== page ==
Sunday, October 18, 2009

And now for something completely (?) different

I'm diverting from Risk per se the deal with another decision-automation question I'm wondering about.
High-tech fluctuates. It boomed on the verge of the new millennium, and did so (albeit differently) before the latest downturn. And when booming, help is required. High-tech companies don't usually post a "help wanted" sign on their office wall (though some in Israel did), and getting to a good position requires some work beyond coming from a good school. In the days of the "bubble", just knowing a few people would secure you a position somewhere in the space, but nowadays it takes a lot more than that - employers demand good grades, subject matter expertise and experience - all of which are no mere feat for new graduates.

Enough about job seekers, though. What about the poor hiring manager? I wrote a bit in the past about what we're looking for and how we balance experience with skills, but haven't discussed how HARD it is to find candidates. People, the right people, don't just come waltzing through your door when you need them. It requires some preparation, a lot of "scouting" and a good pipeline of interviewers ready to embark on a blitz. And since we don't just know everyone, it requires an HR agency. This is where things become even more interesting, and raise one big, interesting, repeated question.
Why, in the year 2009, are HR agencies still highly human intensive operations?
I see it everywhere. Dozens of companies, in a highly commoditized space, competing on three factors: price (what percentage of the candidate's salary will they receive upon hiring), speed and mass (of sent CVs) - two factors enforced on them since the only way to beat the competition is to get to the hiring company before them. This means literally hundreds of workers arriving to work as early as possible (before everyone else wakes up), scanning through hundreds of CVs (in Israel, all HR agencies even feed from the same source -, sending them in an almost unconcious process to every position with even a slight keyword match between the job description and the CV (god forbid any real professional scanning).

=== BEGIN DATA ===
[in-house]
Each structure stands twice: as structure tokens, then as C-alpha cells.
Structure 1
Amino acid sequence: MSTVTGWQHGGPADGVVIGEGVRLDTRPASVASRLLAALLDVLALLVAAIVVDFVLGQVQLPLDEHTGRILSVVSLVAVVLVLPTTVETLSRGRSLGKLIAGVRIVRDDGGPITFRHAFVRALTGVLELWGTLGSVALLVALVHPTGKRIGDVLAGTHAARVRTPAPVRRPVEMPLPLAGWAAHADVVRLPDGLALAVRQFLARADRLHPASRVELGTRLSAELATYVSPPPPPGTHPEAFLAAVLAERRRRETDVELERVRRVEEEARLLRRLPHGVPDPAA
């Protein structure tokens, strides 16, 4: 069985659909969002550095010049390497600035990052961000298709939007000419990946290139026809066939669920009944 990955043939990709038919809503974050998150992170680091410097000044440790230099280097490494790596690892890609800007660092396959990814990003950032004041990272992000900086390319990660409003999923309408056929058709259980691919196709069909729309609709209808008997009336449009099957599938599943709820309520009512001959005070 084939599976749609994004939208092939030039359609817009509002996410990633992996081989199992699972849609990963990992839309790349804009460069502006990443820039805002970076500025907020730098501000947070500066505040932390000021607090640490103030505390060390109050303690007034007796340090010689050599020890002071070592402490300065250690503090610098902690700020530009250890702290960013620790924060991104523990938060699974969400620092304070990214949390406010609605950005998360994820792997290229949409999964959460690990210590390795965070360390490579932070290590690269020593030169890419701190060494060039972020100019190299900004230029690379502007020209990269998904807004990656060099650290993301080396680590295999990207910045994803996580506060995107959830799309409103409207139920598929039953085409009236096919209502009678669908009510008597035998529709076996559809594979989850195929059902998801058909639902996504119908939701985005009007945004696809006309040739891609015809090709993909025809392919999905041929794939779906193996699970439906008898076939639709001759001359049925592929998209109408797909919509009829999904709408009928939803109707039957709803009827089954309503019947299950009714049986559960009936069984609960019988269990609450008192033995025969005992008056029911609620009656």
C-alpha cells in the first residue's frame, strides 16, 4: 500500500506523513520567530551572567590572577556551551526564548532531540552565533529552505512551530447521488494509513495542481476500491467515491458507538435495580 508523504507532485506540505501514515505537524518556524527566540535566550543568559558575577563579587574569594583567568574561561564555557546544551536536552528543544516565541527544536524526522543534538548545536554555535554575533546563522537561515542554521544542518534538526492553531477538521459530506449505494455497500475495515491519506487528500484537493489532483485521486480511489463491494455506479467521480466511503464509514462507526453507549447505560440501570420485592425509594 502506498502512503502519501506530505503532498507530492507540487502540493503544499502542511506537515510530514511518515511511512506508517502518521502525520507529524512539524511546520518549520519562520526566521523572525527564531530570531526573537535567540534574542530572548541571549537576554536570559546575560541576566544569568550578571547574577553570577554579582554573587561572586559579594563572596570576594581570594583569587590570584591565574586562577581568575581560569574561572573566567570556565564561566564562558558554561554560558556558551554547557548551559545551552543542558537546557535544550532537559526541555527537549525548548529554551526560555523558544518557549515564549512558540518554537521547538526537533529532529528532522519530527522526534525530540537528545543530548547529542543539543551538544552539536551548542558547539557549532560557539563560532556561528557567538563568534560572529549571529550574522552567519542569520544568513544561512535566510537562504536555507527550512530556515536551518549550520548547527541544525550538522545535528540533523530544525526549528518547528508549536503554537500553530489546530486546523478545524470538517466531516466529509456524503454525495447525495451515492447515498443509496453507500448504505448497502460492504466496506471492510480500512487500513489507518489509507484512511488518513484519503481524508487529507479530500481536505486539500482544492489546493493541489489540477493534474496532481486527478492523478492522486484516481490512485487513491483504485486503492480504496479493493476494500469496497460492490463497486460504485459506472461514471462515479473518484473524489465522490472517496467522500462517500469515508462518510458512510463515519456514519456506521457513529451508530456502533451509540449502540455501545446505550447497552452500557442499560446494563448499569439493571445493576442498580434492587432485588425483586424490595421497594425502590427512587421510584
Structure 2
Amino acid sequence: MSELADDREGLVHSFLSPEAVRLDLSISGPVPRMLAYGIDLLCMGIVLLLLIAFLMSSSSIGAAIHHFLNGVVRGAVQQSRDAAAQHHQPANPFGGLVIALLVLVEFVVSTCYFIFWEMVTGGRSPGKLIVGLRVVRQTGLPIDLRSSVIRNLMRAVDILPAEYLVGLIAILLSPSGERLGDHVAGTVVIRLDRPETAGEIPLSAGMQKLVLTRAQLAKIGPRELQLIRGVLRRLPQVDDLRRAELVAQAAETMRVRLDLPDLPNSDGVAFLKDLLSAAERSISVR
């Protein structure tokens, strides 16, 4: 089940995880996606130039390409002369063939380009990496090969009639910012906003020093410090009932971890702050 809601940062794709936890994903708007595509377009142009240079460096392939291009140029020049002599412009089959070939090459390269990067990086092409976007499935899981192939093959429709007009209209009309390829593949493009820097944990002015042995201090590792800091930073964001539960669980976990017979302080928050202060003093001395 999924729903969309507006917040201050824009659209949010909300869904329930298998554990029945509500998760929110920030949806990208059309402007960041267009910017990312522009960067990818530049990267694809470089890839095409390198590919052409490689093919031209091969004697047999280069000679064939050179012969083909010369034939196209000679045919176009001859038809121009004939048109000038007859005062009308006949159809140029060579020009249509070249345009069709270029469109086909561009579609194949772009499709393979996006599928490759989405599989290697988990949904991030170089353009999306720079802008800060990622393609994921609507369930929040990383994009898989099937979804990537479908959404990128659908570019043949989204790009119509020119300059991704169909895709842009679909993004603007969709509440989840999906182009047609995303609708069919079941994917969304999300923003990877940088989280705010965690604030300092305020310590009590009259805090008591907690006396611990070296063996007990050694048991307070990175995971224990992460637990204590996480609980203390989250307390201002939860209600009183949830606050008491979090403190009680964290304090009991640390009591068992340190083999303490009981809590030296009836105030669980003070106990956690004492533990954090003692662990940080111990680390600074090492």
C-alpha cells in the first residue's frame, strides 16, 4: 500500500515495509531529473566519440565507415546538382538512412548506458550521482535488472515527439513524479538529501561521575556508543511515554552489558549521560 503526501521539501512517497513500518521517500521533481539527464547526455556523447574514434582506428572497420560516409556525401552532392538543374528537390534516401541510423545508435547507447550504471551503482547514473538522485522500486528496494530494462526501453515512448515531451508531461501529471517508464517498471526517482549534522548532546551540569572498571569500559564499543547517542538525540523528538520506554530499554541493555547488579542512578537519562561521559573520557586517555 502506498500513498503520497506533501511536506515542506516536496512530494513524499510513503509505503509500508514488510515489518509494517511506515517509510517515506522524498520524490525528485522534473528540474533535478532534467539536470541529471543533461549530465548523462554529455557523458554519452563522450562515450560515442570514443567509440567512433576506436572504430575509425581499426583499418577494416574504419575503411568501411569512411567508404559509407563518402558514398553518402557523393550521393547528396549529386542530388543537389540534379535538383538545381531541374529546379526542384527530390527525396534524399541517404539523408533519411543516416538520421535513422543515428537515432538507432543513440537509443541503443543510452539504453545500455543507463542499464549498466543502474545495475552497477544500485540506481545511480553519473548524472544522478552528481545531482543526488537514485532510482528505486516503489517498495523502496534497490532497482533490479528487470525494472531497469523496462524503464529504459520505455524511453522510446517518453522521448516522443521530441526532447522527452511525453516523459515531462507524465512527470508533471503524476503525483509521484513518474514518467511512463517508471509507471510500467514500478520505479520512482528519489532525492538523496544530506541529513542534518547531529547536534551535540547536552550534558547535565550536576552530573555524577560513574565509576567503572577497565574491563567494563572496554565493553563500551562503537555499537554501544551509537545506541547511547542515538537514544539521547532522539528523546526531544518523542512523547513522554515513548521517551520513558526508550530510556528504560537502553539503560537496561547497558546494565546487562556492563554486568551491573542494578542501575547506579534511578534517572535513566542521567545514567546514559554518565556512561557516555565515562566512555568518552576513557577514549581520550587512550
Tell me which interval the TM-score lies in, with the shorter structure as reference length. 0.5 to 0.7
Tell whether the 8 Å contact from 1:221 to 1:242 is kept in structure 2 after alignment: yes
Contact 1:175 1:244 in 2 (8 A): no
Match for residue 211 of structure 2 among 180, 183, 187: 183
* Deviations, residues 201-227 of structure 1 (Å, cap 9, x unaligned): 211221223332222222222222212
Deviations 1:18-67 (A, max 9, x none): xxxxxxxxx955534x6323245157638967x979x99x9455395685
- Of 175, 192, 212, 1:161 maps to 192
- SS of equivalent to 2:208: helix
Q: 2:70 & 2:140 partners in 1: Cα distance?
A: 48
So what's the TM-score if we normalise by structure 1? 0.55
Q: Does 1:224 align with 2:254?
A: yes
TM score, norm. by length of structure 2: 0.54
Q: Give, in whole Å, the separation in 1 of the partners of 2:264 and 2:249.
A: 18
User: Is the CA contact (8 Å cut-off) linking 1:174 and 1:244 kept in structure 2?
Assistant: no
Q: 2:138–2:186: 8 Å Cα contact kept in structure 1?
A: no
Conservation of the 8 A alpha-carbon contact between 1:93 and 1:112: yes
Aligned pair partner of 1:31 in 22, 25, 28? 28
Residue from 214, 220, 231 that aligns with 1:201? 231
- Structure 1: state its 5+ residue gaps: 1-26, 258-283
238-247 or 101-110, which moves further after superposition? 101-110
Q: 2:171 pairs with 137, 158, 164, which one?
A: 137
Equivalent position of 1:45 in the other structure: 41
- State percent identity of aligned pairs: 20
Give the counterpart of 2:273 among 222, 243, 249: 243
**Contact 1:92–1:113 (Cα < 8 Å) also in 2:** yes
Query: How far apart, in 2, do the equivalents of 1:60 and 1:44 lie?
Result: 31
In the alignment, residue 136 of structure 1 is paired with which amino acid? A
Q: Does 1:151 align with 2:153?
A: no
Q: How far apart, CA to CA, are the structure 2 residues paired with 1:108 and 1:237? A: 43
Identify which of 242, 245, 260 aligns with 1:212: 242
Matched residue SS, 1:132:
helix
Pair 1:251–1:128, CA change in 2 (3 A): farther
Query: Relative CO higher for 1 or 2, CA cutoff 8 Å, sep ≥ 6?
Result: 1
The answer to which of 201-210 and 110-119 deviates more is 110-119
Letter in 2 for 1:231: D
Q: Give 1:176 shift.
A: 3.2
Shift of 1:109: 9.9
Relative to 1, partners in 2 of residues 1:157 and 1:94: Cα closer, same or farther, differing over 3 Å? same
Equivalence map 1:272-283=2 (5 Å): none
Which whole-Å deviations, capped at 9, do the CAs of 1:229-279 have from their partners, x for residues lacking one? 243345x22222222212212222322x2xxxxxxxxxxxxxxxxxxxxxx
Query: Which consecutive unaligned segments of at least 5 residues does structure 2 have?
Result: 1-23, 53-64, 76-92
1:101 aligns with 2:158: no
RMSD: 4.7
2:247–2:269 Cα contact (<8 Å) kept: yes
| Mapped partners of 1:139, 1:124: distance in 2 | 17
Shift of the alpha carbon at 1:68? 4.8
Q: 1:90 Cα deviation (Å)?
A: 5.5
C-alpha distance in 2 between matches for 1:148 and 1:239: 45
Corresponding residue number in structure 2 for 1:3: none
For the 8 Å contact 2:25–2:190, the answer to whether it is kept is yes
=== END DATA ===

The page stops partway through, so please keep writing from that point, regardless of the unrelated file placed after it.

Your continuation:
Sounds familiar? Yeah, in some lingos this is called SPAM. And this is exactly how this feels.
The other extreme, by the way, is specialized companies hanging their unique value proposition on the team's (usually the CEO's) ability to attract high talent candidates for high ranking positions. In these cases you don't get spam - you just pay ultra high retention fees to get someone from the CEO's close network of former and current executives. It's like a carousel, but one where everyone grabs the brass ring.
So companies pay top dollar for something their staff could do themselves, but instead they outsource. But because of the incentive structure, they fail in outsourcing the mass waste of time, since someone inside the company still needs to sort through all the CVs that keep pouring in.
Here's an alternative: hire a few real resume experts, or train them - if you have the skill and experience needed. Learn how to classify and categorize (how do you know that this is the right person for the job at this company?). Automate - you'll get your feedback from your clients, when they call on people for an interview. Then, when you start to gain credibility, package your new ability with a better incentive program. Change the measurement - maybe higher 1st interviews per number of CVs? - and make a bundle agreement to give yourself exclusivity for some of these positions, and buy more time to get better at matching candidates to a company. Reiterate.
Sounds simple, but it isn't. Forget the development of this operation; one of the main obstacles is, simply put, hiring risk. The chances of someone mis-reporting or just outright lying about what they did or why they left a company. I hear hiring agencies started to hire ex-law enforcement people to improve this aspect of their processes. Maybe we're about to see a new area of Risk Management. But my point in that this is doable, though not extremely easy, and I'm not sure why this wasn't ever done. Let me know what you think!

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